The column was to consist of a company of the 15th Light, a detachment of Poles from the Polish Legion and some troopers of the 11th Cavalry, all under the command of Captain Peruset. They were to take a piece of artillery and be accompanied by Andrea Valiante, a Neapolitan capo di brigata, who was to serve as the district’s commissioner, assisted by a detachment of mounted volunteers.

Peruset’s little column reached Campobasso on 5 March. The French marched in to see that the inhabitants had resurrected a tree of liberty to placate them, but, to ensure future docility, arrested 80 royalists. Andrea Valiante, energetically commencing his career as commissioner, set about creating a republican centre out of the town. A court was formed to try rebels and Campobasso re-raised a civic guard, commanded by Pasquale Salottolo, and organised some gendarmes. To underline the town’s new status as capital of republican Molise, a civil ceremony was held on 24 March in which the civic guard paraded and a royal banner was trampled under horses’ hooves before then being cut into shreds.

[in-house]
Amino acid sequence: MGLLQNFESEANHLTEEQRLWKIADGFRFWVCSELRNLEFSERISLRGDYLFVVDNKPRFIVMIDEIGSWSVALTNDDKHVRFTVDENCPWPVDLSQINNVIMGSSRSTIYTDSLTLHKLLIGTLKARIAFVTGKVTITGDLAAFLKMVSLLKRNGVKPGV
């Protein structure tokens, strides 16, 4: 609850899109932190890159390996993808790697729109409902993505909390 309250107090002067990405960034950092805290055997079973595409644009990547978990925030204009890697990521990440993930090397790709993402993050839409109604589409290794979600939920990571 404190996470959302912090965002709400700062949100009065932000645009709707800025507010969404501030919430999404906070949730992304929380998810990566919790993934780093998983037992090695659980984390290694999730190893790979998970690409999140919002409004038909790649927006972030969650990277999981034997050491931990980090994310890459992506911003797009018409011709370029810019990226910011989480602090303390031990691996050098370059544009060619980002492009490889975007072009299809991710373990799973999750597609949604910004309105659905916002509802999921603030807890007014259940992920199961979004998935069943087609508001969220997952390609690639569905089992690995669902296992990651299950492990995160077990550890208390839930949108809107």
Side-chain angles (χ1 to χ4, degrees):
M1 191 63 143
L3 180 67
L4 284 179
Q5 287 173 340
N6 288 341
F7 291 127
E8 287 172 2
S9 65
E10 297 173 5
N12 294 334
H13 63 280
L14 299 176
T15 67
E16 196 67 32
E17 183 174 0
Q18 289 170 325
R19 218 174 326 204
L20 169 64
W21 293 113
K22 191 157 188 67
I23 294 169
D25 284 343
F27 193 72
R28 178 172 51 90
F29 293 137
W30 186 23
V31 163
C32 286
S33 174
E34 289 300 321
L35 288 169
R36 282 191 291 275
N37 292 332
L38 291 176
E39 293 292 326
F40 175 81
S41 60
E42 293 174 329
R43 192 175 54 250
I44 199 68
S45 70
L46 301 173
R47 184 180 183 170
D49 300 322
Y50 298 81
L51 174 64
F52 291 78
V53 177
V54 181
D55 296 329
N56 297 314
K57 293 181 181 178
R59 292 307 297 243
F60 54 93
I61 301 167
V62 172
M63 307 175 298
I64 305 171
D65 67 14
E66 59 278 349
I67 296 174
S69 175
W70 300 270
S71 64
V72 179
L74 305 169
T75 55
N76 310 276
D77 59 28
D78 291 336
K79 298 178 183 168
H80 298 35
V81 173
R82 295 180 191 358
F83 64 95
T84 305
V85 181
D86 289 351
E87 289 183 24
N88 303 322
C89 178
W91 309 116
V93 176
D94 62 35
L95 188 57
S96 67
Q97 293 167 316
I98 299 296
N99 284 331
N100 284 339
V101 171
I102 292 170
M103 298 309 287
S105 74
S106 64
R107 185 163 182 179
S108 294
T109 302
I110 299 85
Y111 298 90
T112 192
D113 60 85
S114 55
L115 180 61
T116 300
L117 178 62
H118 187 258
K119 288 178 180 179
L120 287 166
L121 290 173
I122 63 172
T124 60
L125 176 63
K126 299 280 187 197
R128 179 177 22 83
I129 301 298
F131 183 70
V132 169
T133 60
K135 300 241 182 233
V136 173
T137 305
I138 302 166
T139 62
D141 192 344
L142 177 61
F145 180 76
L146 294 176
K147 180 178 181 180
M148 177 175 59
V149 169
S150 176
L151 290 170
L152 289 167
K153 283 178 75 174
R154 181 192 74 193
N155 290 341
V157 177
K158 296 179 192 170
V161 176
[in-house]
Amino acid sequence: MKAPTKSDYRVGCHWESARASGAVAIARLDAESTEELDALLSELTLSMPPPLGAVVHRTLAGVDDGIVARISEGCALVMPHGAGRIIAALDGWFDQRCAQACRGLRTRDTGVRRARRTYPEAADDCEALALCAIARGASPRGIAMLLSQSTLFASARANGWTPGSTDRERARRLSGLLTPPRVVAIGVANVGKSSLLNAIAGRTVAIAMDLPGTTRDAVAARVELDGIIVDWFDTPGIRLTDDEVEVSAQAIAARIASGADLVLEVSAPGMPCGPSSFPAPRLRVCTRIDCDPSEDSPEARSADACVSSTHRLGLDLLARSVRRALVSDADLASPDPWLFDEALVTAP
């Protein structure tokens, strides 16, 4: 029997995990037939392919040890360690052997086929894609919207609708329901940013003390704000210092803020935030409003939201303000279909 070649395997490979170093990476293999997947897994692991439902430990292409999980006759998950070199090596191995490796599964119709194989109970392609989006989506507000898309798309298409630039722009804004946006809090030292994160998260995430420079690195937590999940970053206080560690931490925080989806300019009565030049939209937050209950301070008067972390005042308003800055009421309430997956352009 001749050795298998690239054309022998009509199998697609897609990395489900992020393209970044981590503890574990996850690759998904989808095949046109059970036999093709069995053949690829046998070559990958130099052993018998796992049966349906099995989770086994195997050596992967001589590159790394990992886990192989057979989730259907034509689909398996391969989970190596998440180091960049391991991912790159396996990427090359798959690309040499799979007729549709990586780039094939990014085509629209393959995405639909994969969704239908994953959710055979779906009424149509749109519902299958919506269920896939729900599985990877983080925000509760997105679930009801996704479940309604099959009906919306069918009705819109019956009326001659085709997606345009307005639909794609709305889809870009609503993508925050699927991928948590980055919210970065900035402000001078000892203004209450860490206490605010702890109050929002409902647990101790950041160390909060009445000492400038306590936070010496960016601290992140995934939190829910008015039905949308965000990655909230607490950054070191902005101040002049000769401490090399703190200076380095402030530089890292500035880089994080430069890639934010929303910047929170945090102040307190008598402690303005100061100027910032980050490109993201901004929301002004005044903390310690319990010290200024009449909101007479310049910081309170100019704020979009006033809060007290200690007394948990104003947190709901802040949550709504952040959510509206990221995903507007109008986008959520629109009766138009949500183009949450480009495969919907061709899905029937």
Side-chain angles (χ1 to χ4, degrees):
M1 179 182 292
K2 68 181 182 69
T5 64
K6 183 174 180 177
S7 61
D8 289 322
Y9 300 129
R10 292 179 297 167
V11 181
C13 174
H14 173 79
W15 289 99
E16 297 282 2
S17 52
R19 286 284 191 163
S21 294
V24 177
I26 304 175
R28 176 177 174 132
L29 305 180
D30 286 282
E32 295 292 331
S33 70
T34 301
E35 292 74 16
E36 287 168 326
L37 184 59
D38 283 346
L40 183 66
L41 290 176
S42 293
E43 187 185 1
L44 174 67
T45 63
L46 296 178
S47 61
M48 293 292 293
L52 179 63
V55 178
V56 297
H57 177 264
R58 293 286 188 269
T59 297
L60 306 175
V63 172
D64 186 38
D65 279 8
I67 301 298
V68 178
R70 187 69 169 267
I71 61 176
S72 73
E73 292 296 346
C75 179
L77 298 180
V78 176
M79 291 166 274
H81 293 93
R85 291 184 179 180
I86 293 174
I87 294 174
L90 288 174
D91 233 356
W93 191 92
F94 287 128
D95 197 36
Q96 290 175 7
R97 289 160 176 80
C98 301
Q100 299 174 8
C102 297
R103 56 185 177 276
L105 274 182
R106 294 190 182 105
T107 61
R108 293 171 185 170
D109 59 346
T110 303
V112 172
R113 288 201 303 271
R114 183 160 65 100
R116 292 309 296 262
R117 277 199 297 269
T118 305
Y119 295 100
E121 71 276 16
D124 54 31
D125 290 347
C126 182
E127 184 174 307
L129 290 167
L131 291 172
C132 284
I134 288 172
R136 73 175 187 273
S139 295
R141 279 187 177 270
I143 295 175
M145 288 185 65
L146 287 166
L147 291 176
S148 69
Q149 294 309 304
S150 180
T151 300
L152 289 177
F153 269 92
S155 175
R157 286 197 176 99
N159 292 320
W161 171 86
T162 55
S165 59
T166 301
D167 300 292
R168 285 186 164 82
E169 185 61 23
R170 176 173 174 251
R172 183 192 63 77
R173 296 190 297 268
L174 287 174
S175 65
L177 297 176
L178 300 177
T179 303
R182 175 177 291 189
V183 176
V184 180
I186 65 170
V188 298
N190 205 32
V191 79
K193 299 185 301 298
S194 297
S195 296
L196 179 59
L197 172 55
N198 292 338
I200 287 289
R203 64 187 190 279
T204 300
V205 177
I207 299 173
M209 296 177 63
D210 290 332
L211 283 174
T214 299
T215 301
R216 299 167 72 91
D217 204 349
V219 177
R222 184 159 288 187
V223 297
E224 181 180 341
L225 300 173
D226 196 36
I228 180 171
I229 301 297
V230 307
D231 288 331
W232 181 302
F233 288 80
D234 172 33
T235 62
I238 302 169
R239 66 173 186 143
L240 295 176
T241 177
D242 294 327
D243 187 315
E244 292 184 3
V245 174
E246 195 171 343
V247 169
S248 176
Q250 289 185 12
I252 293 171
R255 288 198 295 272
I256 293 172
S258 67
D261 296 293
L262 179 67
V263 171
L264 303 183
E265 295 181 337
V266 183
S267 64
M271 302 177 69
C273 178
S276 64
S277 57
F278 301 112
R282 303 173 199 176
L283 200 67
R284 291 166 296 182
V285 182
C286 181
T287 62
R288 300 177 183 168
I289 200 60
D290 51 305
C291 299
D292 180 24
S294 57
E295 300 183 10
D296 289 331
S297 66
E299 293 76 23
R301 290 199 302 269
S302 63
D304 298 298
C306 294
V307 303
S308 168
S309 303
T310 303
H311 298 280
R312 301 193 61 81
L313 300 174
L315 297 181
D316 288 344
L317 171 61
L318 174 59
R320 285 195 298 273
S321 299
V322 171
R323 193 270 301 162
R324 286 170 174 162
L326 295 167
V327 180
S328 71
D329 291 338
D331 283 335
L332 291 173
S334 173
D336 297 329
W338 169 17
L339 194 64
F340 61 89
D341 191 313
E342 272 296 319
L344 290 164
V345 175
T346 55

However, the civic guard could not be deployed outside the confines of the town, and Andrea Valiante relied on his volunteers to harry the brigands and to extend his control. A series of running battles was the result with the republicans and the French sometimes acting as the cat, sometimes as the mouse. The royalists were undeterred and, indeed, their number seemed to be growing with a band of 600 men, under Evangelisa Santilli, making life difficult for republicans in a wide circle around Campobasso. Peruset and Valiante fought back, sending patrols out in an attempt to keep in contact with Benevento (and, from there, Naples, where General Macdonald was now in command), troops from Duhesme’s division at Sansevero, and the republicans at Larino, but communications were never really secured. Patrols were also sent in an attempt to maintain security in the town’s environs, chiefly by imposing loyalty on neighbouring communes and having them, too, raise forces for the republic. On 9 March Commissioner Valiante authorised Ripolimosani to raise a civic guard “well armed, but which should be composed of patriots and of sufficient number to put an end to the insurgency, defend the tree of liberty, and, should there be an attack, to be able to punish the rebels, in military fashion”. Those failing to obey were menaced with unfortunate consequences. On 13 March, for example, the French marched into Montenero Val Cocchiara, a resident noting